China’s non-manufacturing industries rebounded from the slowest expansion in at least 19 months, adding to signs the world’s second-biggest economy is recovering after a seven-quarter slowdown.
The purchasing managers’ index rose to 55.5 last month from 53.7 the previous month, the National Bureau of Statistics and China Federation of Logistics and Purchasing said in Beijing yesterday.
September’s reading was the weakest since a new seasonally adjusted series of the gauge began in March last year.
Yesterday’s report may bolster expectations for a recovery in economic growth this quarter after a similar measure for manufacturing expanded for the first time in three months. The data may reduce pressure on policy- makers to roll out more stimulus as they start a once-a-decade power transfer next week.
“There are increasing signs that the pickup of economic activity in September is more than a one-off phenomenon,” Ding Shuang (丁爽), senior China economist at Citigroup Inc in Hong Kong, said before the announcement.
The central bank “seems determined to keep liquidity adequate and monetary policy remains accommodative,” he said.
China’s economic growth cooled to a three-year low of 7.4 percent in the third quarter as Chinese Premier Wen Jiabao’s (溫家寶) campaign to curb consumer and property prices damped domestic demand and a sluggish global recovery capped the nation’s exports.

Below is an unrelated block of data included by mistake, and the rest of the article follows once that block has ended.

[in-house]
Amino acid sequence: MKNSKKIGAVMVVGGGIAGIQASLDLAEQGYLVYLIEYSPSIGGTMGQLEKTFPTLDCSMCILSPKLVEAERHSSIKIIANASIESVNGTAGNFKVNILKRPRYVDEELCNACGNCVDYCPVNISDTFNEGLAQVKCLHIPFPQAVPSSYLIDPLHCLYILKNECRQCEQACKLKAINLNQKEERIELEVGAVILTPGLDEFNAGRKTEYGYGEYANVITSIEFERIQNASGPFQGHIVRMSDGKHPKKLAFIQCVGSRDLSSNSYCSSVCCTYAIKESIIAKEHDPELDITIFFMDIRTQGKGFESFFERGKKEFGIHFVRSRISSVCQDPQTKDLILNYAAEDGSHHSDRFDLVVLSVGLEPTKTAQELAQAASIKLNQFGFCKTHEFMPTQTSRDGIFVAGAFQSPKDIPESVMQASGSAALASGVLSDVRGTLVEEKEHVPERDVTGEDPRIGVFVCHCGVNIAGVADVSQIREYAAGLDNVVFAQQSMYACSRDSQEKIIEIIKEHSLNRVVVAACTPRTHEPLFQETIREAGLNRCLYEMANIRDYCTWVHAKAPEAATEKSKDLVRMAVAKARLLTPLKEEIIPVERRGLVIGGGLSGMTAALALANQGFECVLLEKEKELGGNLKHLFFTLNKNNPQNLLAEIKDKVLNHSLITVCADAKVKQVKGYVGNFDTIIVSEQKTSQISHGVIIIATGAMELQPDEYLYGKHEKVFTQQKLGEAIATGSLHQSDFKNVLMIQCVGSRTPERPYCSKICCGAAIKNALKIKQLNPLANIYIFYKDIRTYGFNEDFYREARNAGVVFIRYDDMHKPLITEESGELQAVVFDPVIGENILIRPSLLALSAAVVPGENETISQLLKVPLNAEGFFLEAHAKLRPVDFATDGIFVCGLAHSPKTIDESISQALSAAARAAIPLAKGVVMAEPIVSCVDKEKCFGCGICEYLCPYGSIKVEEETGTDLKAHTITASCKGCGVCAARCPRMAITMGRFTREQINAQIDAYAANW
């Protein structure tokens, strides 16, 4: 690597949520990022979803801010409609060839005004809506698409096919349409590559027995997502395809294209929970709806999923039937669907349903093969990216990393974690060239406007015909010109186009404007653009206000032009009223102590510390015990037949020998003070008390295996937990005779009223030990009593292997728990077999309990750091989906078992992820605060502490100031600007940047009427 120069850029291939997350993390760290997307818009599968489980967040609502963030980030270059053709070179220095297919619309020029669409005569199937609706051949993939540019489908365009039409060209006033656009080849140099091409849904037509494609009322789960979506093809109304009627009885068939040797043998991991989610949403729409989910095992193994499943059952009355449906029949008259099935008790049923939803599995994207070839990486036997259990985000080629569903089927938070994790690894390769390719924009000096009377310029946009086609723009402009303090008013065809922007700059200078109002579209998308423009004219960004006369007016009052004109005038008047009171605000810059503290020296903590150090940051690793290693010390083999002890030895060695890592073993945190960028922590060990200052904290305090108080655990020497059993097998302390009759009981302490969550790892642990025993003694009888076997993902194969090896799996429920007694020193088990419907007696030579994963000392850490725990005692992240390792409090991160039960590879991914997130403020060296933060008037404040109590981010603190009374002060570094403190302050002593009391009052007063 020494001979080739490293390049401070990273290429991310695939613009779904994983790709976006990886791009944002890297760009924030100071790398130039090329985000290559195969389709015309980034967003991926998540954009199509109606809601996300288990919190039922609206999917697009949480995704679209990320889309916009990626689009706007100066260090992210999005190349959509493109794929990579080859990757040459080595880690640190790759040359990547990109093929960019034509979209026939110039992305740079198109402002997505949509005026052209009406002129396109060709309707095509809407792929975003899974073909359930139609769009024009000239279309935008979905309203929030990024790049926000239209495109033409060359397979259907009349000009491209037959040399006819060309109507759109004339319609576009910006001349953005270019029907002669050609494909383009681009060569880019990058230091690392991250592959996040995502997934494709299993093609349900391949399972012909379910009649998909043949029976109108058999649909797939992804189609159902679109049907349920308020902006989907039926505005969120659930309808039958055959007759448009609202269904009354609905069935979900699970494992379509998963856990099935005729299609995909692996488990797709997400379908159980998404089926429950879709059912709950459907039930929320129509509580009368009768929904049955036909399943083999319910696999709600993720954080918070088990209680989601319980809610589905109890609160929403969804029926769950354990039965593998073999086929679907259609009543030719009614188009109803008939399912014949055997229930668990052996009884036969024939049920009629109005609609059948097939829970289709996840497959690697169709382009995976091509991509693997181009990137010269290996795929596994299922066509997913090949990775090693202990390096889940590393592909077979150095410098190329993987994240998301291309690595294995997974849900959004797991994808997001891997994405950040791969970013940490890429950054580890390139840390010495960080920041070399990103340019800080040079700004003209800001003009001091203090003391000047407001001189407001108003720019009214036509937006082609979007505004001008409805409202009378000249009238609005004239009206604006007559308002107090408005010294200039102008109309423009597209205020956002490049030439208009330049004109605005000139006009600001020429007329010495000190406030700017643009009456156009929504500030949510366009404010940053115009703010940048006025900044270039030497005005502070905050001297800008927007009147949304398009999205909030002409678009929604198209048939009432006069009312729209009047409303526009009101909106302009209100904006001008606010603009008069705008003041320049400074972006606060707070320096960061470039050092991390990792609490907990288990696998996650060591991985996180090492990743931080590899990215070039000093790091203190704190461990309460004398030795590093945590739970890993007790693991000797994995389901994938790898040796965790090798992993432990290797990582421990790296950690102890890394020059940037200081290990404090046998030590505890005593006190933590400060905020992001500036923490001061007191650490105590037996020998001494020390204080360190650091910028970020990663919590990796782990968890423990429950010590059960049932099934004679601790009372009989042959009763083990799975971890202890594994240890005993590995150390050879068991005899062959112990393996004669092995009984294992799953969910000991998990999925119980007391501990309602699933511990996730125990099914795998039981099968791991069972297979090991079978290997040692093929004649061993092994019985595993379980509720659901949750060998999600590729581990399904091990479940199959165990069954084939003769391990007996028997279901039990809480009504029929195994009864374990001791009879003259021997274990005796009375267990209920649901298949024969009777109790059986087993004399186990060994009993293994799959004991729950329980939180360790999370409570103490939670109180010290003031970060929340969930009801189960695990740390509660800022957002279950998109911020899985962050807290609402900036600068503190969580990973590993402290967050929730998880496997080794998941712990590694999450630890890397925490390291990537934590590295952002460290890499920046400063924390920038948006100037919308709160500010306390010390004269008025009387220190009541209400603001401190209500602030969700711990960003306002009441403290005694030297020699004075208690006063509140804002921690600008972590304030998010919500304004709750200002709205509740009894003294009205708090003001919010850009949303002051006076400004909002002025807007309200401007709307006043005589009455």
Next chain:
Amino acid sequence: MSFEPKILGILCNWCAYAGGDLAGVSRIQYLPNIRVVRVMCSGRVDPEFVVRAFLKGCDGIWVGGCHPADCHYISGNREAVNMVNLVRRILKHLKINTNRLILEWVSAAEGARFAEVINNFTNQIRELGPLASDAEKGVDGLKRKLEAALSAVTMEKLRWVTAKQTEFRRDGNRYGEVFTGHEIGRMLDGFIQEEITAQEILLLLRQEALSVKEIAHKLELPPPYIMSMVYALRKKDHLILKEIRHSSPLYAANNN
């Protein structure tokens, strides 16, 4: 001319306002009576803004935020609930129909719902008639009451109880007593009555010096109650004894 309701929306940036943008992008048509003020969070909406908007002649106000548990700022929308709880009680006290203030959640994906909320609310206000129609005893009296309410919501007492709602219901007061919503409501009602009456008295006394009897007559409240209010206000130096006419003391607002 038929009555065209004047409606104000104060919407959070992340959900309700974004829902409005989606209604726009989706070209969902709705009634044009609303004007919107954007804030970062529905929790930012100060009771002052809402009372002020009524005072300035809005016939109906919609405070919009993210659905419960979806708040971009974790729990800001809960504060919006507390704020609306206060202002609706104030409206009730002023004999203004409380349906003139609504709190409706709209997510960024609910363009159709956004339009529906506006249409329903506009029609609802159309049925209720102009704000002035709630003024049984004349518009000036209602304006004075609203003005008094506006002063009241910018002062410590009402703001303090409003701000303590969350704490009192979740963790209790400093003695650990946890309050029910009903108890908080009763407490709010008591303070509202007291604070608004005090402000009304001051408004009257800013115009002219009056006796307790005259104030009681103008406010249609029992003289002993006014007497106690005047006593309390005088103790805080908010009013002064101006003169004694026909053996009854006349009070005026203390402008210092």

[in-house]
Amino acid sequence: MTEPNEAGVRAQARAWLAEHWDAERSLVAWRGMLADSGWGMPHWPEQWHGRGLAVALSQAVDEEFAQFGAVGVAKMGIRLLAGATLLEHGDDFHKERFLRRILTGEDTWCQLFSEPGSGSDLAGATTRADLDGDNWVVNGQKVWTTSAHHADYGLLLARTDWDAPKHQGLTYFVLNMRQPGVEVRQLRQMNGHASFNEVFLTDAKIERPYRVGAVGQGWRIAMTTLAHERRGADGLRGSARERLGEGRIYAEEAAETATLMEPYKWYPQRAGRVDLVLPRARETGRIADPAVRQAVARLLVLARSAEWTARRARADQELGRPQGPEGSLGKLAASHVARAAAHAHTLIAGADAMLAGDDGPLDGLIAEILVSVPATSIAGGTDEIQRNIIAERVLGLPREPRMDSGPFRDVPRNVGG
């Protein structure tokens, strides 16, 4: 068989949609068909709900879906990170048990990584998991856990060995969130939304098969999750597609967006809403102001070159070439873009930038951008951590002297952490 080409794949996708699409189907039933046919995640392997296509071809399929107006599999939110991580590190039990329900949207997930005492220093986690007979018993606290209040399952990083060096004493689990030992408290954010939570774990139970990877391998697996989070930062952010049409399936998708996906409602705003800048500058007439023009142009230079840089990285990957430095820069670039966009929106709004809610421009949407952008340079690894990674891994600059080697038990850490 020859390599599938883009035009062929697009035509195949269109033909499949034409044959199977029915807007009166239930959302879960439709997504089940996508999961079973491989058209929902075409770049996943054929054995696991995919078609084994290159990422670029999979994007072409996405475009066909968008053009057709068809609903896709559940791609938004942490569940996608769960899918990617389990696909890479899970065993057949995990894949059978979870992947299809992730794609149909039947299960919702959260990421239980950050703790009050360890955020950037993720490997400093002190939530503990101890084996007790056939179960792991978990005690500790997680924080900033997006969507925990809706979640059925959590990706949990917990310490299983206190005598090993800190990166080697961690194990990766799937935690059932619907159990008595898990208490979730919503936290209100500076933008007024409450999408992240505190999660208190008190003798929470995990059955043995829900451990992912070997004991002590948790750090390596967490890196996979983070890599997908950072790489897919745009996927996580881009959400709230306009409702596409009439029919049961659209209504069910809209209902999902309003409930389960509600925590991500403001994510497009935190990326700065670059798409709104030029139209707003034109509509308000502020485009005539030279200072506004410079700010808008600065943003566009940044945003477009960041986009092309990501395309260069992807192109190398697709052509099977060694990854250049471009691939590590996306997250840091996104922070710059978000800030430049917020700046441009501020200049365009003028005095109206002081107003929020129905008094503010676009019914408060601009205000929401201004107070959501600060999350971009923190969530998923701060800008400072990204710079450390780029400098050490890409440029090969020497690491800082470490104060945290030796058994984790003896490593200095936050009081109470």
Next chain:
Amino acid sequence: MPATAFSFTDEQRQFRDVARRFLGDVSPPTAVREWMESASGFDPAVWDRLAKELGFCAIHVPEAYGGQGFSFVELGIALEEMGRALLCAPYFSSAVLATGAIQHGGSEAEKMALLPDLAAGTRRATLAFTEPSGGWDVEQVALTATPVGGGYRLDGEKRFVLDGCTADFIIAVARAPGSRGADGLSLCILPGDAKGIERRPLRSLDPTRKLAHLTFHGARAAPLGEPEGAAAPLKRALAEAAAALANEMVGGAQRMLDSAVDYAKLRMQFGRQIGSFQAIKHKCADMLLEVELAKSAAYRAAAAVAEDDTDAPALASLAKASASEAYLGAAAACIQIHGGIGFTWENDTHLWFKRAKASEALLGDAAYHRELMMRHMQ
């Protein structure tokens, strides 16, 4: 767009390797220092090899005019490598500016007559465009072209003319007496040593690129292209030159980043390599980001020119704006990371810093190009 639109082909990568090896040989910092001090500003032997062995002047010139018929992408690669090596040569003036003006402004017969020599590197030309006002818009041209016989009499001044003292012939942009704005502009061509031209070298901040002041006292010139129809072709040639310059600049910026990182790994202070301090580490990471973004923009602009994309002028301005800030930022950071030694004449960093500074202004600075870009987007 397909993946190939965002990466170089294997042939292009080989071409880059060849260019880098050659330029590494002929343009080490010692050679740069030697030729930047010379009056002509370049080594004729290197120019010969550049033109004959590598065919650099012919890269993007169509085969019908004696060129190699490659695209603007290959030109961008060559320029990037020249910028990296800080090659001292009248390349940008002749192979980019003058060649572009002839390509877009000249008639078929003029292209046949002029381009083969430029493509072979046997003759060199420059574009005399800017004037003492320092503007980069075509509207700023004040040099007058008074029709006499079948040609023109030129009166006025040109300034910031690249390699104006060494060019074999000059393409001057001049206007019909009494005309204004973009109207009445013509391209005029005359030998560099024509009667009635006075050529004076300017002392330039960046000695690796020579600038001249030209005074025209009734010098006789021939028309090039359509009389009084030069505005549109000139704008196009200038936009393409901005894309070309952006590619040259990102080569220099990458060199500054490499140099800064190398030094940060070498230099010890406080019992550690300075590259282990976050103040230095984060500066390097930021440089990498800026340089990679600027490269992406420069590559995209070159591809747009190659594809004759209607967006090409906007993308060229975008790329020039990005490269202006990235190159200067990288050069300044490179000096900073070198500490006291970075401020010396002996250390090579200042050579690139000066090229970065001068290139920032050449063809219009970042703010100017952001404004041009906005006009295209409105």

Bank of America Corp this week raised its estimate for fourth-quarter economic growth to 7.8 percent from 7.5 percent, while Nomura Holdings Inc projects a rebound to 8.4 percent after the government cut interest rates, accelerated investment spending and project approvals and cut taxes.
The Shanghai Composite Index, the nation’s benchmark stock gauge, had its strongest weekly rally in more than a month on speculation that economic growth is rebounding, rising 2.5 percent in the five days ending on Friday.
“The preemptive fine-tuning of macro-economic policies and structural reform measures are gradually taking effect and the economy is expected to keep steady and relatively rapid growth,” the People’s Bank of China said in its monetary policy report released on Friday.
While priority will be given to ensuring stable growth, the government will stick to a prudent monetary policy and strengthen policy fine-tuning, it said.